The first time I went to “run,” I could not go the distance between two driveways without stopping to walk and catch my breath. Little by little, I built up endurance, although my Garmin always labeled my pace a “slow jog.” No matter – my goal was to get exercise…and eat ice cream guilt free.
The Strider’s Resolution Run in January 2007 was our first 5K. Our second 5K was surreal as we ran a 5K around the NASCAR Daytona 500 Speedway. In March we accomplished our goal, running the Gate River Run 15K.
Now that we were in a running routine, we both decided to continue. It was an answer to prayer for me. We transitioned to the Jeff Galloway Run-Walk-Run Method. For my slow pace, I would run one minute then walk one minute. Gregg stuck to his interval plan during his first half marathon at Thanksgiving, feeling good and finishing the race ahead of a younger running friend.
The Galloway Method helped me complete three half-marathons, several 15K’s and 10K’s, and many 5K’s. I was my own competition, comparing my times with previous races. We both enjoy the camaraderie of new friends we have made through running.
I’ve never really “enjoyed” running, aside from the friends and ice cream rewards. In May of 2019, I fell while jogging in the neighborhood resulting in a trip to the ER, 5 stitches, and a concussion. I have since stuck to walking, while continuing to indulge in my ice cream habit.
Our big 2006 adventure was driving a rental car through nine European countries in eight days: Hungary, Austria, Slovakia, Germany, France, Switzerland, Italy, Slovenia, and Croatia. We began and ended our trip in Hungary; Cathy and Erika were marvelous hosts, as always.
Gregg loves languages and loves the challenge of being in a non-English speaking area. Me? That sets off my anxiety alarms. I really like control. You know, like being able to understand what a road sign says especially if it says, “one way” or “do not enter.” Europe has unposted rules such as speed limits and pre-buying a toll tag for certain roads. Don’t even get me started on traffic circles. Cathy did a great job of giving Gregg a traffic-rules crash course.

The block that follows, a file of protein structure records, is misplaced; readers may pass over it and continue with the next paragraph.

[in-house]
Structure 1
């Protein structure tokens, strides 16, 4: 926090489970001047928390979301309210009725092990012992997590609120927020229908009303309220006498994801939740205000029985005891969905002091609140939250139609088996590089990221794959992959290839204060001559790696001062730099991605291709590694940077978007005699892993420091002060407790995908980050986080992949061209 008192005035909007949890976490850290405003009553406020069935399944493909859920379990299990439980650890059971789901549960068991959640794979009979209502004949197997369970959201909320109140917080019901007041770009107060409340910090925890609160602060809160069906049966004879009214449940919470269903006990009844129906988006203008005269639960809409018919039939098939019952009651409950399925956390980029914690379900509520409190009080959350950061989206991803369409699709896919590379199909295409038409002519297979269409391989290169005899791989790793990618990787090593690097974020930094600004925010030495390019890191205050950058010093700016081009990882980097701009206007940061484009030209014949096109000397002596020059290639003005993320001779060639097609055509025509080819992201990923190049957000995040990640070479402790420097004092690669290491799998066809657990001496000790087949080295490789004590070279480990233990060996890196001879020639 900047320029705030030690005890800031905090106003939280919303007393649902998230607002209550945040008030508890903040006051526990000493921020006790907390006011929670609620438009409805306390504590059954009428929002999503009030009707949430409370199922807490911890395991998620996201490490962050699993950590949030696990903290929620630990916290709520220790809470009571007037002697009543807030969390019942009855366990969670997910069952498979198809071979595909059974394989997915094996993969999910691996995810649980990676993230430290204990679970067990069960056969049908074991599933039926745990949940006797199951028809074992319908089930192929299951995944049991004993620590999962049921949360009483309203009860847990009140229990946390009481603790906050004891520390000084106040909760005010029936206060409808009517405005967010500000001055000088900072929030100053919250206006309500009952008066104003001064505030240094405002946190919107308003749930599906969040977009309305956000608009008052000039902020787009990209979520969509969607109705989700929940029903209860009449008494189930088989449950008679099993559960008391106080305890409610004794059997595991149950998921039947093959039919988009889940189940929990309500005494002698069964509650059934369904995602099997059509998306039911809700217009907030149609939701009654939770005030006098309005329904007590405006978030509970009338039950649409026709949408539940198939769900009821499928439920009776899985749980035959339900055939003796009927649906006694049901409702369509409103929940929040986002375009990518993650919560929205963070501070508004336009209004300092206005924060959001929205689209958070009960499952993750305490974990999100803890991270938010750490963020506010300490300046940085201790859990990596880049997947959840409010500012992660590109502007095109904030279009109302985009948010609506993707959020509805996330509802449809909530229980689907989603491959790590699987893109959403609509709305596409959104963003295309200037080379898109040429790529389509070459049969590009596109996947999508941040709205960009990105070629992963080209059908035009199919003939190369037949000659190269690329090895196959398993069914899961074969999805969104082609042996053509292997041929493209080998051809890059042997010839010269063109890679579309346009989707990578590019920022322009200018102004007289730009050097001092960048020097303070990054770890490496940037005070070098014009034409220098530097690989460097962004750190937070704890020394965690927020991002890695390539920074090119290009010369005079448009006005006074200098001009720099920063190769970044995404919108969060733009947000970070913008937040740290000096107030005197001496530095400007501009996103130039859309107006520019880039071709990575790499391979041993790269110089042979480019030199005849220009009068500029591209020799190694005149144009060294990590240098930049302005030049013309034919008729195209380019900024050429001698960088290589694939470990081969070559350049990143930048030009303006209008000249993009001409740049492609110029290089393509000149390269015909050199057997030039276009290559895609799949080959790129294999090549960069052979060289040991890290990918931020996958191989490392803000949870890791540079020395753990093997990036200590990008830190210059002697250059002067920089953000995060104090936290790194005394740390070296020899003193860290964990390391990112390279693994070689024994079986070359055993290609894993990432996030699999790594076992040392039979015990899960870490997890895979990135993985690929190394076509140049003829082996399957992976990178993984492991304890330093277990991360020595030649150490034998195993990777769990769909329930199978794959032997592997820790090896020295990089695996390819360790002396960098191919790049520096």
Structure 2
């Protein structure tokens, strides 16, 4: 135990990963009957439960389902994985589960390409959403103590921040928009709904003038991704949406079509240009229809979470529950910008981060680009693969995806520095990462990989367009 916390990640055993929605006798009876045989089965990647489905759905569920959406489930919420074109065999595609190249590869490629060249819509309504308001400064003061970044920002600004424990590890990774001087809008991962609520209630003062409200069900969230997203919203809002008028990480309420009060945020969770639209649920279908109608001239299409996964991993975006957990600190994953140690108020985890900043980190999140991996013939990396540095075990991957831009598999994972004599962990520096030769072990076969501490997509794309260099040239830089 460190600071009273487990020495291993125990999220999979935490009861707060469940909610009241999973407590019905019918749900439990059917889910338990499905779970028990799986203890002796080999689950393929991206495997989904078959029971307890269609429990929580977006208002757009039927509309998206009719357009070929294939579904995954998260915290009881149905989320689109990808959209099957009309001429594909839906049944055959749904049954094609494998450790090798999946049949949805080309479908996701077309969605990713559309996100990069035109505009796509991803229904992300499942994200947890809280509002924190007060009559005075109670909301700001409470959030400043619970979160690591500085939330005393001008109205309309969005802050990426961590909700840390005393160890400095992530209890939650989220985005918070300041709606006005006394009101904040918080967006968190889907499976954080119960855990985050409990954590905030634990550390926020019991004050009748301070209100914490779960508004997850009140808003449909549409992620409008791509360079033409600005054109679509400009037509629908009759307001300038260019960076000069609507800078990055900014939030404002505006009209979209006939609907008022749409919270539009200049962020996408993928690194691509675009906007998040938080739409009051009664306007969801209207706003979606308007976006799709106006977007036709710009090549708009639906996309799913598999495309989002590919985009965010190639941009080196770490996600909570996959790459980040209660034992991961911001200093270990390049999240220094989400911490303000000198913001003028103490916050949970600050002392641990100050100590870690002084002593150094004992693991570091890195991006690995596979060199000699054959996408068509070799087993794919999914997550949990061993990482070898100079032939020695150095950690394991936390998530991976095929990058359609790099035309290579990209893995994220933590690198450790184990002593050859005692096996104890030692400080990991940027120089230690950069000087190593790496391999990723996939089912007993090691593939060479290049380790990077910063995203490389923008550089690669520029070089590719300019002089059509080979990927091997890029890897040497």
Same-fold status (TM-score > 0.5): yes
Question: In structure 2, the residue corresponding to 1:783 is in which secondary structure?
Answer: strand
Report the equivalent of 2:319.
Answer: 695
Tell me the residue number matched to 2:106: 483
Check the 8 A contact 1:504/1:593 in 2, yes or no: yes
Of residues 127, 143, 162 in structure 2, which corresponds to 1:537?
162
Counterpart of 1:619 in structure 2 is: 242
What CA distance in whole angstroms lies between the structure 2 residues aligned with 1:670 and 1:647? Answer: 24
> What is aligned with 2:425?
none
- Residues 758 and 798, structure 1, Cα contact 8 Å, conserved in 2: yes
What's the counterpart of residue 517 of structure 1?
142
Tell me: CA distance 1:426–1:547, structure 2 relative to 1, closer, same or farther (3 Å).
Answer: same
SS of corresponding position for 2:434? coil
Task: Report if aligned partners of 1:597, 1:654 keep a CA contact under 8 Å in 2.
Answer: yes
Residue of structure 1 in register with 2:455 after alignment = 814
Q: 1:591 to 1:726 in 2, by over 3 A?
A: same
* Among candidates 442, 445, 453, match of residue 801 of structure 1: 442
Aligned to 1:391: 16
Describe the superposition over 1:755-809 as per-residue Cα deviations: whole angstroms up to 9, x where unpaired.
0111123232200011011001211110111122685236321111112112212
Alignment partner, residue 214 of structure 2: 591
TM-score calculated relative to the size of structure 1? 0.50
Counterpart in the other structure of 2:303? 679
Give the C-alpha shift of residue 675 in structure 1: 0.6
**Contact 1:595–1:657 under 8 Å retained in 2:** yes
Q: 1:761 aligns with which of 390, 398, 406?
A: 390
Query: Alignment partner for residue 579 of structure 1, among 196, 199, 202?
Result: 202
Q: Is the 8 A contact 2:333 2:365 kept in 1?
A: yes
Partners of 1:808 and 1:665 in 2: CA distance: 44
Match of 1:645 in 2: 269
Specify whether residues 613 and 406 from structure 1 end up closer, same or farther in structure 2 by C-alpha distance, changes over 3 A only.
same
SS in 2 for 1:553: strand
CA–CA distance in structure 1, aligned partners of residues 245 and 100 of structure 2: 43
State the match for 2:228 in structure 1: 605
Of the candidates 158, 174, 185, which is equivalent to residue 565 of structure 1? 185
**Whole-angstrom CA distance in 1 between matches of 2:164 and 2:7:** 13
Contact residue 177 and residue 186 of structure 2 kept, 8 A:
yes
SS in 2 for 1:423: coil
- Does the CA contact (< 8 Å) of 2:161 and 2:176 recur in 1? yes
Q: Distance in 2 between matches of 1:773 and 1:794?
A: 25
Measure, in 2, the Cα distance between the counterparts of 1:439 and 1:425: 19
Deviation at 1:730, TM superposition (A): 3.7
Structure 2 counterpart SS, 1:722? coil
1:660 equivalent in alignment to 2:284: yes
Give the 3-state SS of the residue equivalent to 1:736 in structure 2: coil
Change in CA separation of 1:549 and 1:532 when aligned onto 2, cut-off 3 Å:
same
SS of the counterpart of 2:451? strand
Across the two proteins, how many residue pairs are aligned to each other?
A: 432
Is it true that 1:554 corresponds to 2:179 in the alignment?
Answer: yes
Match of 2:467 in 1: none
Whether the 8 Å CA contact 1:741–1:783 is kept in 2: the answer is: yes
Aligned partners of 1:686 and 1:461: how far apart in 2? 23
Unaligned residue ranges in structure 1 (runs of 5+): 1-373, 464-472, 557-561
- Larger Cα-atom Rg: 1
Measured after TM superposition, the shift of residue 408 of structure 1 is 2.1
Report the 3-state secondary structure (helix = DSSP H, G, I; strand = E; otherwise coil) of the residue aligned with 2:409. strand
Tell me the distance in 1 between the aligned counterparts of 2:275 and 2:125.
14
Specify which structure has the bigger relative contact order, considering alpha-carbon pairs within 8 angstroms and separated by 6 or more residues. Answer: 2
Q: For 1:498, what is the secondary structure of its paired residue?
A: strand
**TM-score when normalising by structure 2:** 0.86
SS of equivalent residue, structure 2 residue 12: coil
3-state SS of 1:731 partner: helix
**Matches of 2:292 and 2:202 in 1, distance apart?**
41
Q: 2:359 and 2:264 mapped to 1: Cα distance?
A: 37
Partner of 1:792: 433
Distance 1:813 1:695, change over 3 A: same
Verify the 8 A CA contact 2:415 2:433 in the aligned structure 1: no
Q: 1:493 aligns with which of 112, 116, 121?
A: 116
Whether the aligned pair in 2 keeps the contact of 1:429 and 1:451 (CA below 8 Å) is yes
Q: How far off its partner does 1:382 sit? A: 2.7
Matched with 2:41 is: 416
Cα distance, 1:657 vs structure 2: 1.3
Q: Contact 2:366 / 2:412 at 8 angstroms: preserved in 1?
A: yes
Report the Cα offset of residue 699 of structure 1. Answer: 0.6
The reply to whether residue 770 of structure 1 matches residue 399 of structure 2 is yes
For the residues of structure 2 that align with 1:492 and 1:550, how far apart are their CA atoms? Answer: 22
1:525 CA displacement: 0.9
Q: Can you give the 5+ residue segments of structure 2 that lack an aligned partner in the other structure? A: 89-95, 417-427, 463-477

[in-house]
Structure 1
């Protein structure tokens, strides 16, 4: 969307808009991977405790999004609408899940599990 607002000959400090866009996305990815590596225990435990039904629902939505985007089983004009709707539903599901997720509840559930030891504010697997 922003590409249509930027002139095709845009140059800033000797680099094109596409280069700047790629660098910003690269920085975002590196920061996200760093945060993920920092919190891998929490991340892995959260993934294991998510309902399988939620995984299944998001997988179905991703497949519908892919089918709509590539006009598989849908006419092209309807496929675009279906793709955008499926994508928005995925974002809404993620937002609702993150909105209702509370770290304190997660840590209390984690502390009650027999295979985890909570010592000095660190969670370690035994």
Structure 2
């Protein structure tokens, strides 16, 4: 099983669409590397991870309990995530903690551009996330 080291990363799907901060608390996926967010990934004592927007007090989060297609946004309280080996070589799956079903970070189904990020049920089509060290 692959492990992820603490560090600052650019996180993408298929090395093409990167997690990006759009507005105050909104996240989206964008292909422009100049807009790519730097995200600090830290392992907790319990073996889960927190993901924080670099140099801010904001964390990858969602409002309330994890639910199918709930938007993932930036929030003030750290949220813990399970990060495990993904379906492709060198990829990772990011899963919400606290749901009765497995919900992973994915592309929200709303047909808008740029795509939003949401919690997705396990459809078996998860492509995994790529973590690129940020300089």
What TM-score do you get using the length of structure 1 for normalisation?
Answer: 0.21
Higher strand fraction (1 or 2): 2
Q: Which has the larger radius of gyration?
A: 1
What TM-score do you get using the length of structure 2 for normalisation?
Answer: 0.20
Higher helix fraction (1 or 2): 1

We didn’t know how to pay Slovenia motorway tolls. Gregg stopped at a gas station before leaving Italy hoping to find out. A non-English speaker said, “Como Italia,” – pay the same as Italy. That was great fun for Gregg.
The big travel loop allowed us to connect with two sets of DTS friends as well as see God’s stunning handiwork. We had visited Brenda and Tracy in Bratislava, Slovakia with Mom. They had moved; we enjoyed seeing their new home and neighborhood. A good time was had by all eating lunch in their back yard.
We met Debbie and Dana and their daughter, Danielle, in Germany to vacation together. We visited Neuschwanstein Castle among other places as we made our way to their home in the Black Forest area. The four of us had a gelato obsession. I can neither confirm nor deny that we often felt compelled to eat gelato more than once a day. While in Kandern, we took a day-trip into France, a new country for Gregg.
From Germany, we went to breathtaking Switzerland, then on to beautiful Lake Garda in Italy. Heading back to Hungary, the traffic outside of Milan, Italy was absolutely nerve wracking and we got lost in Croatia.
It was refreshing to spend more time with Erika and Cathy, and meeting with other friends in the area. As much as I enjoyed the gelato, I am partial to Hungarian food – fruit soup, Chicken Paprikash, their bread, and anything that Erika cooks.